Significance: Short-separation (SS) regression and diffuse optical tomography (DOT) image reconstruction, two widely adopted methods in functional near-infrared spectroscopy (fNIRS), were demonstrated to individually facilitate the separation of brain activation and physiological signals, with further improvement using both sequentially. We hypothesized that doing both simultaneously would further improve the performance.
Aim: Motivated by the success of these two approaches, we propose a method, SS-DOT, which applies SS and DOT simultaneously.
Approach: The method, which employs spatial and temporal basis functions to represent the hemoglobin concentration changes, enables us to incorporate SS regressors into the time series DOT model. To benchmark the performance of the SS-DOT model against conventional sequential models, we use fNIRS resting state data augmented with synthetic brain response as well as data acquired during a ball squeezing task. The conventional sequential models comprise performing SS regression and DOT.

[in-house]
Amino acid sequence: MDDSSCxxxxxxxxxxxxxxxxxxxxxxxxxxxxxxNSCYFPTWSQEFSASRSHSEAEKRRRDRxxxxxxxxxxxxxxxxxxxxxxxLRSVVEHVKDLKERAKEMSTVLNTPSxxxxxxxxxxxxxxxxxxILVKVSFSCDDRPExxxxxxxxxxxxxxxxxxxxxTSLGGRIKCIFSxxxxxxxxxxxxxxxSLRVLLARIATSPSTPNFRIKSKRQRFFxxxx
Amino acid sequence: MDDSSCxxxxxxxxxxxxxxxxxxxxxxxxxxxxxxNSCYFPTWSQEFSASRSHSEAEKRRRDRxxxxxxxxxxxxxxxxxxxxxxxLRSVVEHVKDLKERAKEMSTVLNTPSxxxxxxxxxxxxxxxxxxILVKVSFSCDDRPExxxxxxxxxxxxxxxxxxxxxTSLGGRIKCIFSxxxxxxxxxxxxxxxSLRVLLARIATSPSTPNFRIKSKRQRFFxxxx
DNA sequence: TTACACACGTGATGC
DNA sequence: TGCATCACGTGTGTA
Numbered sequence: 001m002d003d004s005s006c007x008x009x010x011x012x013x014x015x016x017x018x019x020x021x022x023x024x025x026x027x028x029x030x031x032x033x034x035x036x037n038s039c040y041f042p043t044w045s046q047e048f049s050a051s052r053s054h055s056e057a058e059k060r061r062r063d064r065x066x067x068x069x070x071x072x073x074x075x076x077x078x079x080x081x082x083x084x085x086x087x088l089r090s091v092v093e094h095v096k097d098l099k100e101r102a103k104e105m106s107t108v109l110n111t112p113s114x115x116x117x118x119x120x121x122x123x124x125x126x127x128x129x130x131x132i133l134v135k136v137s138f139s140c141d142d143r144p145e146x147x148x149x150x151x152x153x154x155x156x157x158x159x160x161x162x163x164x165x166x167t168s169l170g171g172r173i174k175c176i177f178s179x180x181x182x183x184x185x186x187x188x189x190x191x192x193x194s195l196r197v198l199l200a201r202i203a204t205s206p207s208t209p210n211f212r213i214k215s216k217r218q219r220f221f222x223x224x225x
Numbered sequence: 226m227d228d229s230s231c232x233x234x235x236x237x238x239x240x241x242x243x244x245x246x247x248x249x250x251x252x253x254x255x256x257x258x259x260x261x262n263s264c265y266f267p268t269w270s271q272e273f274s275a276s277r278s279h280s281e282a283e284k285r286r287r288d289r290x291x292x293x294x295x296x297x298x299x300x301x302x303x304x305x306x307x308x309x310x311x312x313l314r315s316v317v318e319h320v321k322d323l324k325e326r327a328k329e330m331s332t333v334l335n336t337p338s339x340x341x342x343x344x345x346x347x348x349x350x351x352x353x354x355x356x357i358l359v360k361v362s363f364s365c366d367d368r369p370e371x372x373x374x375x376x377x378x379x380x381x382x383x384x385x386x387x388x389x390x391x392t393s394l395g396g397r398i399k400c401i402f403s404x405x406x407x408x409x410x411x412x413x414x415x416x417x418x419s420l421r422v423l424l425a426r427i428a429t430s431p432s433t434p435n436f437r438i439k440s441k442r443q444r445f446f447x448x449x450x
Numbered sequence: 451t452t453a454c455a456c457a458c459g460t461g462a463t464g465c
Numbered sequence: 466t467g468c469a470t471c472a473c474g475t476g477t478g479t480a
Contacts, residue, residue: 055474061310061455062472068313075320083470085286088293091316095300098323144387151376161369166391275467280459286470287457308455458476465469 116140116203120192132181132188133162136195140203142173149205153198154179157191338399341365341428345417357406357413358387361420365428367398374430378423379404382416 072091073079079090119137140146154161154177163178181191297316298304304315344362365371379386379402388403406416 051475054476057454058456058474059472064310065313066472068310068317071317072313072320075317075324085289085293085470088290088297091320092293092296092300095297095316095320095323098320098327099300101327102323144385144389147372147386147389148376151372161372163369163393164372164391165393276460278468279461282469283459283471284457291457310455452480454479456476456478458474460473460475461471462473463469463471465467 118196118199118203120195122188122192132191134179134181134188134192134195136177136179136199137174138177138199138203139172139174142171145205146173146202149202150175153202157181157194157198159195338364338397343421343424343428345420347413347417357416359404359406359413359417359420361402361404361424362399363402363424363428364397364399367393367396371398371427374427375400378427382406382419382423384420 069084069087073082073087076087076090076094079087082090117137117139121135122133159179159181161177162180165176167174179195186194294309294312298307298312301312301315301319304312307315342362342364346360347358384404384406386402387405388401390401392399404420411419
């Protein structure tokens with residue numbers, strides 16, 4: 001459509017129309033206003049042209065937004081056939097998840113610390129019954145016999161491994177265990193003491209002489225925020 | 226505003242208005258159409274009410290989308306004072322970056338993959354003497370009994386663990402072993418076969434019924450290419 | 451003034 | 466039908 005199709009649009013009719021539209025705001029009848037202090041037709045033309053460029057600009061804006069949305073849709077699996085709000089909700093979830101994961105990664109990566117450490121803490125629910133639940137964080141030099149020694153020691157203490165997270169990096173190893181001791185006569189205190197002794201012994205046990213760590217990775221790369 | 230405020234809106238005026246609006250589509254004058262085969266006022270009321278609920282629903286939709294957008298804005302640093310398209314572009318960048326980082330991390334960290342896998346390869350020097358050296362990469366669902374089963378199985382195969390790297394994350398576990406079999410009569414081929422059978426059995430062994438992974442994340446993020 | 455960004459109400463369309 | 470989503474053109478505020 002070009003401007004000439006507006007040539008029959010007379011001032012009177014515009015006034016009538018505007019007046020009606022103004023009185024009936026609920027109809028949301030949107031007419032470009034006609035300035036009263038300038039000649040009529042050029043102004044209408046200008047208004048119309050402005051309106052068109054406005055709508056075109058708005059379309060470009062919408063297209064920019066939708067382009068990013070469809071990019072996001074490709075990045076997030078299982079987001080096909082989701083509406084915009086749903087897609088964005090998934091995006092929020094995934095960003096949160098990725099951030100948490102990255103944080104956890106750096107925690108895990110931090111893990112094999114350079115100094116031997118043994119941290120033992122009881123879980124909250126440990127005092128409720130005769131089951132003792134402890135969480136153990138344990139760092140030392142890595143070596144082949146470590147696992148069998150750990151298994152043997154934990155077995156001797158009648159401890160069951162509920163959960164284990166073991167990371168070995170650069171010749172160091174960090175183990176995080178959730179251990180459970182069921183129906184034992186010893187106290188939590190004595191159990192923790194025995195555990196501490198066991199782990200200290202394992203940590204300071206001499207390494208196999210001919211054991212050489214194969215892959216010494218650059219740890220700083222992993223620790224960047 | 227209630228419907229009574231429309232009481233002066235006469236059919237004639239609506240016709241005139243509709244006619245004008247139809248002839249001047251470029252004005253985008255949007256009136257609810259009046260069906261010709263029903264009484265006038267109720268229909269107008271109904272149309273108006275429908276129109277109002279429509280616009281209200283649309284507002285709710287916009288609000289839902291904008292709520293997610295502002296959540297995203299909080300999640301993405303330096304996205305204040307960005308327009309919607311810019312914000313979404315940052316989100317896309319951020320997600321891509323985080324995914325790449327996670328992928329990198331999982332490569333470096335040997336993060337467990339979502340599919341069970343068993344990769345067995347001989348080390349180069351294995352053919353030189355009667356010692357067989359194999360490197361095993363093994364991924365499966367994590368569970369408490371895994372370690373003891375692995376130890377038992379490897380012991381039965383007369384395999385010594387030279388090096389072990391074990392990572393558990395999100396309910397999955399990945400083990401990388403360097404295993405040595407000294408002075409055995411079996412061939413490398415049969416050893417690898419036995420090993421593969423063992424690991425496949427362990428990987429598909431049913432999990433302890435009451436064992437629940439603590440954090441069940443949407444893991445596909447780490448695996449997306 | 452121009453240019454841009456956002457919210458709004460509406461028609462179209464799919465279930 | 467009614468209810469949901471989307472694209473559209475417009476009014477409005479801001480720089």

Results: The results show that the SS-DOT model improves the image quality by increasing the contrast-to-background ratio by a threefold improvement. The benefits are marginal at small brain activation.
Conclusions: The SS-DOT model improves the fNIRS image reconstruction quality.